Ponies at Stall Stingson
We ended up at Denningarums gård ( farm) for lunch. They did a fantastic, and reasonably priced, smorgasbord and even super-fussy DS found something to eat. But the best bit about this place is that just across the very quiet lane, they have a kids play area with adventure playgrounds, a sandpit, trampolines and animals to feed. So we sat and ate lingonberry waffles in peace, while the kids squabbled cheerfully far enough away not to bother us.

Denningarums gard

Discovering new places like this are the reason we take road trips, and we came back here for lunch every day for three days as it was so relaxing.

According to TripAdvisor just 15 minutes away from our accommodation was an Elk Safari, so we had to see that. You can drive through the enclosure yourself, but we took the ‘train’ ( wagons pulled by a tractor) . Our children seemed to be the only ones who weren’t blond!

Elk Safari Train
We were handed branches of a tree to feed the Elk (or Moose) when we came across them, so the whole thing looked like some sort of jungle camouflage vehicle.

Elk food
Elk are big and keen on their food and basically come sprinting out of the woods to yank the offered branches out of your hands. I was surprised about how enthusiastic they were about it but most people had a stroke of them while they were eating and no one got hurt.

feeding elk in sweden
We also saw some bison, who were much less enthusiastic about being hand fed than the elk, and there was also a separate, smaller goat pen where two-legged kids can mix with the four-legged variety.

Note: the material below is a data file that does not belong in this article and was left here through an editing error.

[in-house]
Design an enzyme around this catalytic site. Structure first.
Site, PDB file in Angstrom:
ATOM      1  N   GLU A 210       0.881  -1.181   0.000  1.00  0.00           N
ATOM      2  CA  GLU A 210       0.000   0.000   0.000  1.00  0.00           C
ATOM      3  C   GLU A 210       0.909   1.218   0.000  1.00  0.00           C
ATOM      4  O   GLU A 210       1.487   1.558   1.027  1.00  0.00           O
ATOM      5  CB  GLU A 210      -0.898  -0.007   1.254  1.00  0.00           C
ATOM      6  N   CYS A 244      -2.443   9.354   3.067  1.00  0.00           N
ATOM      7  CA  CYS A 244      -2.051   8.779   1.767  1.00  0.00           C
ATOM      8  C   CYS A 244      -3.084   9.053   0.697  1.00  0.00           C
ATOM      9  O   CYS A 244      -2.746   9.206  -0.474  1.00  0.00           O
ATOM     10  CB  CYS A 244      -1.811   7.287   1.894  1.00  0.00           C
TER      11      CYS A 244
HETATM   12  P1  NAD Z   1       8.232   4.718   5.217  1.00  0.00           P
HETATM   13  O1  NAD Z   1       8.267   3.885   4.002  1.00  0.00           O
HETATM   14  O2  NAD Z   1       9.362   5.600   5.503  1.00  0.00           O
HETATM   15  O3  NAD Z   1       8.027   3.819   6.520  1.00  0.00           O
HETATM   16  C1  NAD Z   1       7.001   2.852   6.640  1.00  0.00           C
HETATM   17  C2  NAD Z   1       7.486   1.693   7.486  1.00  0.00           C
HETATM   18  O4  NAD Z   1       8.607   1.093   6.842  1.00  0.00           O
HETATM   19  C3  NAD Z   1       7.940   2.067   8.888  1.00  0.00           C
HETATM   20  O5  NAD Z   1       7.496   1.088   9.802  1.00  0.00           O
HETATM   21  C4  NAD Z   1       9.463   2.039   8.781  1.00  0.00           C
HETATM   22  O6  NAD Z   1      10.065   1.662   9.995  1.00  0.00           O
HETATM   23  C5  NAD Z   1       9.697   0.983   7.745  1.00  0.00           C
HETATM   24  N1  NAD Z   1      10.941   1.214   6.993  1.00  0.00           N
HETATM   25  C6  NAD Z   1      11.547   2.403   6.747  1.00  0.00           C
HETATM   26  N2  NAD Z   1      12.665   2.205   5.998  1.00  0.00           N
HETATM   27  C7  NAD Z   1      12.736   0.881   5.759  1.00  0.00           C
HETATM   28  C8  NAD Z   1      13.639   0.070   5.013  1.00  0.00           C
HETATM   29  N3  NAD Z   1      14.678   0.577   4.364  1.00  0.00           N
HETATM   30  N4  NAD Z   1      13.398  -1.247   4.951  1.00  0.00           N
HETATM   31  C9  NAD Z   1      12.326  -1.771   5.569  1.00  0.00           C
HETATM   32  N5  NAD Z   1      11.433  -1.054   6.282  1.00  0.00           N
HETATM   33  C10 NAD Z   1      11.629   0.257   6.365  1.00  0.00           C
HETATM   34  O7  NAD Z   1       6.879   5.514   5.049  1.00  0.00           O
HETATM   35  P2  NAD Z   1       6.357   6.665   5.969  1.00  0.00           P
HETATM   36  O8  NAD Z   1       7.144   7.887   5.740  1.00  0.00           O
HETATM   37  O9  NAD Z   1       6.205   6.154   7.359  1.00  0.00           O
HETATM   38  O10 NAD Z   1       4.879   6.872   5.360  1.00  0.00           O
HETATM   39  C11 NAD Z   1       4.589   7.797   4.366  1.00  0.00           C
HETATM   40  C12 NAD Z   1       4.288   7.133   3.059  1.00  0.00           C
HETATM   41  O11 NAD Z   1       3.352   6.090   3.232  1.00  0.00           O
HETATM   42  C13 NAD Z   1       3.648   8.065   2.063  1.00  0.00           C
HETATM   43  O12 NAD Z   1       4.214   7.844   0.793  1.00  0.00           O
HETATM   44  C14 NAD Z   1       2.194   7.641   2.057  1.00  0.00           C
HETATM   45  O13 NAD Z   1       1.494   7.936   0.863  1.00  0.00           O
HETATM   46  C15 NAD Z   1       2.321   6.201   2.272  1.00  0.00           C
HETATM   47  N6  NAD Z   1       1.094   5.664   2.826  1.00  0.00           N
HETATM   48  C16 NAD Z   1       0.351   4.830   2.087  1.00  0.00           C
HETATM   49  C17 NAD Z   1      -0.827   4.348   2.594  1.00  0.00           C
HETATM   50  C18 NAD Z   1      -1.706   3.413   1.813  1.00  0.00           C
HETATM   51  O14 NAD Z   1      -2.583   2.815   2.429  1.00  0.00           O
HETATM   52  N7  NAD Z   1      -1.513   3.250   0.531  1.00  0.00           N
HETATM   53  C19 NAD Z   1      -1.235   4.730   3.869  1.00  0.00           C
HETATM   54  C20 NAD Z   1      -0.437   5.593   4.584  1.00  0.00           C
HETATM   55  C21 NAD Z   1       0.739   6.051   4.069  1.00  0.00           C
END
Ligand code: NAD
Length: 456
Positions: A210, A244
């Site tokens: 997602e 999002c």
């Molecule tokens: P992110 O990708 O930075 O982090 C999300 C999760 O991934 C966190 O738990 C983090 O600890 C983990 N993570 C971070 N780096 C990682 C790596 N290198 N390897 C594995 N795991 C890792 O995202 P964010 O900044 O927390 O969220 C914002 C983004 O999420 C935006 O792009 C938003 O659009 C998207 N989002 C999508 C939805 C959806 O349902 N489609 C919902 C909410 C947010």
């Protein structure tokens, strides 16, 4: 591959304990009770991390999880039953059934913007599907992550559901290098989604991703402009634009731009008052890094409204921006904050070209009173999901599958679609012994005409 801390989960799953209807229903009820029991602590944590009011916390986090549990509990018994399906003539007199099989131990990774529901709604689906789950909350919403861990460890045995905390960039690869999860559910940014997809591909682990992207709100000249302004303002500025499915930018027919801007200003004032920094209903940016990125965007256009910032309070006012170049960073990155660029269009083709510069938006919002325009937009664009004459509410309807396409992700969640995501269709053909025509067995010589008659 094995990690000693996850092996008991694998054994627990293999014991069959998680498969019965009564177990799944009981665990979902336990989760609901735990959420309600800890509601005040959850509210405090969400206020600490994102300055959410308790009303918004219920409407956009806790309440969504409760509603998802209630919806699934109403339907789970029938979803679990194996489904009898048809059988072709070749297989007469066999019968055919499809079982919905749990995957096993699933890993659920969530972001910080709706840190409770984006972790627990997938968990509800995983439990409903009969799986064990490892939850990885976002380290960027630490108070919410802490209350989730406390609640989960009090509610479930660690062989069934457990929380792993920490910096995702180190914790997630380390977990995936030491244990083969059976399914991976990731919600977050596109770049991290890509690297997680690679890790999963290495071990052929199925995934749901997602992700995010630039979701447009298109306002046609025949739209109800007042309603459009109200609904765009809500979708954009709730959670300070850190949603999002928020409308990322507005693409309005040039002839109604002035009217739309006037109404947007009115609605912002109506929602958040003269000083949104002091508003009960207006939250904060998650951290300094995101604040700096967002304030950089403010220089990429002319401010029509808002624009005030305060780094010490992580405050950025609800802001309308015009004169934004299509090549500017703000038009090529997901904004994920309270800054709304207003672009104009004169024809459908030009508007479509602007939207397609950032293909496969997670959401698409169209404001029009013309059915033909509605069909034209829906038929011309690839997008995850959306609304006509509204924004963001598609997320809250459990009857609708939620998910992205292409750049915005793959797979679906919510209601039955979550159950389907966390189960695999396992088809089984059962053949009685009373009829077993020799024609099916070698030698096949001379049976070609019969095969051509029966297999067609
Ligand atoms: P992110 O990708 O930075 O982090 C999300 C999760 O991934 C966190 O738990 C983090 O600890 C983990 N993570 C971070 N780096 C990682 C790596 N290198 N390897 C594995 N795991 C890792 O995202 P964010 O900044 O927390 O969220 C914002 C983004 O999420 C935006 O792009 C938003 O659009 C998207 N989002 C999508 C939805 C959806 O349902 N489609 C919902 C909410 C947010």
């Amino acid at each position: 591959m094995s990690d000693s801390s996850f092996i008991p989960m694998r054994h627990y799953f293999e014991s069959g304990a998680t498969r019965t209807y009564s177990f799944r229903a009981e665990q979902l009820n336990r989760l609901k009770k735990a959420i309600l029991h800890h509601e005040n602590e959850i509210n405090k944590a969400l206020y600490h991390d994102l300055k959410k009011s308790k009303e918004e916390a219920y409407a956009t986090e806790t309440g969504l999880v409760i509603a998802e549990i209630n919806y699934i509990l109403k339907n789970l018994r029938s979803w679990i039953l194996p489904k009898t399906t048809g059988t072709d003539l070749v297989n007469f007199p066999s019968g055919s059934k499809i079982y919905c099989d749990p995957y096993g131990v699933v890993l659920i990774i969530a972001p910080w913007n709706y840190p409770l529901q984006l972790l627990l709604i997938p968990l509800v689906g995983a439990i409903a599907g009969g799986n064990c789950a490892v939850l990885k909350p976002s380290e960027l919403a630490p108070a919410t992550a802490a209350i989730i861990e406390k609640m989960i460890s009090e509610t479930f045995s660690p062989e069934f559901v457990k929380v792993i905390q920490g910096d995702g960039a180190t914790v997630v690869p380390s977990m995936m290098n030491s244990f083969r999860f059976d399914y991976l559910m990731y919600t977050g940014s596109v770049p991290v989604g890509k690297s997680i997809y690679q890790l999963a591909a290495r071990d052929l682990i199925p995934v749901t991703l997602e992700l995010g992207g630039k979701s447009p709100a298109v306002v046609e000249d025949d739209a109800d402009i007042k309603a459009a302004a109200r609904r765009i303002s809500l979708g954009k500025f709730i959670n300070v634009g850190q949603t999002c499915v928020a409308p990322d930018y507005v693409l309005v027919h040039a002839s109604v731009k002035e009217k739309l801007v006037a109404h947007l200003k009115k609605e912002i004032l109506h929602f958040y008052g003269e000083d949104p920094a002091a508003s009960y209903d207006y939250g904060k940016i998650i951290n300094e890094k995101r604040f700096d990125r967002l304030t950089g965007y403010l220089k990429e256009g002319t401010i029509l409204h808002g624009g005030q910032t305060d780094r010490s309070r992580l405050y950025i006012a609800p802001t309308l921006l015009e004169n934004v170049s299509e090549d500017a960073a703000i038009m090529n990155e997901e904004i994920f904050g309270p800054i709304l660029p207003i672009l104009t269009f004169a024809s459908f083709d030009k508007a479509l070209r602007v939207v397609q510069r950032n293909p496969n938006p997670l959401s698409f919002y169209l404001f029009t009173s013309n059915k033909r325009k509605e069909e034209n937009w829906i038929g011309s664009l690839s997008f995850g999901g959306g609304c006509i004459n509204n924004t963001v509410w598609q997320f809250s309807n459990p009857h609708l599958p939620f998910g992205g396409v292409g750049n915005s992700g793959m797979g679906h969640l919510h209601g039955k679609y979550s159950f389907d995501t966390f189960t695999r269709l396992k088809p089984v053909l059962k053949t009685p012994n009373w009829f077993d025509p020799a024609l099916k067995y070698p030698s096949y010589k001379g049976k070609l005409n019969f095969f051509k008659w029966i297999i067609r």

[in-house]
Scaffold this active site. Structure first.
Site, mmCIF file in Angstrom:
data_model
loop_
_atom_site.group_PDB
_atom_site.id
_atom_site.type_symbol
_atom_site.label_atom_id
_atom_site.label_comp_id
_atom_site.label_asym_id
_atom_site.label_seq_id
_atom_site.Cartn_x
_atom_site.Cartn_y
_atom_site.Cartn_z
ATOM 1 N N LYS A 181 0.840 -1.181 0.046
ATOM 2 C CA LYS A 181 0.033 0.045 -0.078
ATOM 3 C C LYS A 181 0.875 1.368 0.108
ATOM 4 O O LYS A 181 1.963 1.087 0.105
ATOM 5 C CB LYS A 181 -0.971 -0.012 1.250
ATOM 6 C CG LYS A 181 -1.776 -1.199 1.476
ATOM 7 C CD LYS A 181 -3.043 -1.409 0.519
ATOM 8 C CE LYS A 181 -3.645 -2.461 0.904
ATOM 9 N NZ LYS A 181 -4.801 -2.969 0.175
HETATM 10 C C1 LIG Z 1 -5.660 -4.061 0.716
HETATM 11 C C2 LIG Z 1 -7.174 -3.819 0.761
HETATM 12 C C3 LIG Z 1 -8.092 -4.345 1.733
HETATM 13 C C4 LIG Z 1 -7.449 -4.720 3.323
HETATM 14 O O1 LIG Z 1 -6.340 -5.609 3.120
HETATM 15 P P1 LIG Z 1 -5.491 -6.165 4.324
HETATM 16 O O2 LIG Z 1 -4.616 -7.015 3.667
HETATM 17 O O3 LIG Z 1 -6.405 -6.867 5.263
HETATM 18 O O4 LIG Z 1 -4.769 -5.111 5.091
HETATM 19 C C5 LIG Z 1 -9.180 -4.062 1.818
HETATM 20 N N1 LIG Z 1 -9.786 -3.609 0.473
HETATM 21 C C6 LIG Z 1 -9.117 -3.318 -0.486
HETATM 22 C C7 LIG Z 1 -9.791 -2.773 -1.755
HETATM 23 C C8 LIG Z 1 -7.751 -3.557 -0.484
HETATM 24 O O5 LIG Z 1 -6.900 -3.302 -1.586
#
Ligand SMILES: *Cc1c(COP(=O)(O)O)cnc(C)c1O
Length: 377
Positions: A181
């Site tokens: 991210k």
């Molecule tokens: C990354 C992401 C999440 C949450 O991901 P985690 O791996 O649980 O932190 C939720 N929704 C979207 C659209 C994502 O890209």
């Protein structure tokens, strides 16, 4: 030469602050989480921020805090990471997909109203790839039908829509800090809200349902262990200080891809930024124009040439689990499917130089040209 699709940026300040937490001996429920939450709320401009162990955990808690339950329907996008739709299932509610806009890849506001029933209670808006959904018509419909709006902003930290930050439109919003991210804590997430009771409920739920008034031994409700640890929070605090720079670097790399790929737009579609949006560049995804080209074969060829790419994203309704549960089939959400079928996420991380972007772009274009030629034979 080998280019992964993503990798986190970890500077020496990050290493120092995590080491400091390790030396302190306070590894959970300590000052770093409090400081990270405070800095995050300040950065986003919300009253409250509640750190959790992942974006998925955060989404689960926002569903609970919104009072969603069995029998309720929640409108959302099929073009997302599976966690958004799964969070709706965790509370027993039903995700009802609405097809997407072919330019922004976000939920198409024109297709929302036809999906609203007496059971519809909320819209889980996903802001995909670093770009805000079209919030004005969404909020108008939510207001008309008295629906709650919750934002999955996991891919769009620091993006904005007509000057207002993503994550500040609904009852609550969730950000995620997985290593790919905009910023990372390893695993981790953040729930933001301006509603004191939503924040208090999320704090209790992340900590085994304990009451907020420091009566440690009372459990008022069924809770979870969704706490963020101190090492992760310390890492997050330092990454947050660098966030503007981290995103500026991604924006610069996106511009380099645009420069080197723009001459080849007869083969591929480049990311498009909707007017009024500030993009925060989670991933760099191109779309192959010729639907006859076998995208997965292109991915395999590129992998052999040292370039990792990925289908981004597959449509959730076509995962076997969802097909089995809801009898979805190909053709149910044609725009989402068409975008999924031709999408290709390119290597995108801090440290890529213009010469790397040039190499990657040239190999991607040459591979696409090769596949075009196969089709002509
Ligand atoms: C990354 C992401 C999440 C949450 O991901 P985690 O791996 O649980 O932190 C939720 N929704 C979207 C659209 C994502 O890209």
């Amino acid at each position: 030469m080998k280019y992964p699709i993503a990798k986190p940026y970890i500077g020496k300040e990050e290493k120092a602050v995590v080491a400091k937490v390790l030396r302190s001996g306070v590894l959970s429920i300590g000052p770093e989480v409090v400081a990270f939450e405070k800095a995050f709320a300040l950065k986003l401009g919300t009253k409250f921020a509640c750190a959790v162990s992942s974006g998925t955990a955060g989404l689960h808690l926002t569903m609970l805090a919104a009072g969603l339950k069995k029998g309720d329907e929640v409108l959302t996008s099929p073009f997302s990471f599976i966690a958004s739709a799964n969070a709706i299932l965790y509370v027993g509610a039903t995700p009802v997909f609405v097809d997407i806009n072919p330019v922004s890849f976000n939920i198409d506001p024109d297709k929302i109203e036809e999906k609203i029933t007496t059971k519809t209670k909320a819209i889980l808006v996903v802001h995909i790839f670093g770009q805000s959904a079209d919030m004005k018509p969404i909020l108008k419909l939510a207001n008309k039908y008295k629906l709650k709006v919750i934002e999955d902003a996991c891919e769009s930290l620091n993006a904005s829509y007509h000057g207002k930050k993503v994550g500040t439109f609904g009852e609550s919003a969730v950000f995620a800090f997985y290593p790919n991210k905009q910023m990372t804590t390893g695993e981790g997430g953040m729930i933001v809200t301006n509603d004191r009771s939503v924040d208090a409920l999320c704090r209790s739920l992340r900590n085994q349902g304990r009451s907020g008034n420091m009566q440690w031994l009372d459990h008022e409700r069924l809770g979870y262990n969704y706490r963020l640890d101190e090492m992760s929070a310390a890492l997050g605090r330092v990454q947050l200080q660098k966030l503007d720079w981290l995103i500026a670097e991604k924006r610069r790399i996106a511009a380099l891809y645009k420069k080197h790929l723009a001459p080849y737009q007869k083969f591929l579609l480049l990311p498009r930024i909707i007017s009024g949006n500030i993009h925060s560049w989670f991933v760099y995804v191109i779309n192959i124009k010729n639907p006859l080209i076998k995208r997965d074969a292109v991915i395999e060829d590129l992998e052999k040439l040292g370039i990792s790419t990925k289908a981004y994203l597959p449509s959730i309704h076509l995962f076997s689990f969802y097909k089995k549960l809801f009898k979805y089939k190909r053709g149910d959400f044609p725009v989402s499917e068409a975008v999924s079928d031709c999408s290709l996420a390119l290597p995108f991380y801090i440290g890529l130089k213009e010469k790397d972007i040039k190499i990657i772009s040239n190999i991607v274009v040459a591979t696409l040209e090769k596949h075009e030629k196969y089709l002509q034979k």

Mostly, the weather was kind to us but we had one rainy day while staying near Visseltofta. On that day we visited the nearby Brio museum. This place was a bit like the Tardis; bigger on the inside!

DH and I enjoyed looking at the display of toys from over the years and the kids appreciated the toys put out for playing. DS especially loved the enormous train track. It was glued down and he had stiff competition from several other boys of around the same age.

Brio Museum train track
The museum also had a Christmas-themed ‘elves’ workshop’ basement with a huge Brio Builder table and a couple of railway carriages next door containing a model railway, a few old sega games, some board games and a display of Barbies and Kens. There was enough there to keep us out of the rain for a couple of hours at least.

Toy horses brio museum
We found 4 nights/ 3 days was the perfect amount of time to spend in the area at this time of the year. We visited in the last couple of weeks of August which is no longer high season, so things were starting to wind down and some attractions were no longer open.

Despite our stay in Visseltofta acting as a stopover on our way to Stockholm, we enjoyed our time here and would recommend it as an area full of things for families to do, if you just happen to be driving around southern Sweden.

Copenhagen With Kids

So; here we are 11 days into this summer’s road trip. We’ve enjoyed 4 nights in Copenhagen, followed by 4 in Osby (aka middle of nowhere #1). Today we are moving on to Stockholm for 4 nights.

Getting to Copenhagen

We took our own car through the Euro tunnel into France, then drove to Belgium and stayed in Bruges for a night. Once we’d found somewhere to park a people carrier with a roof box, we managed to get out of the hotel and explore the cobbled streets and eat dinner in a tourist trap in the main square.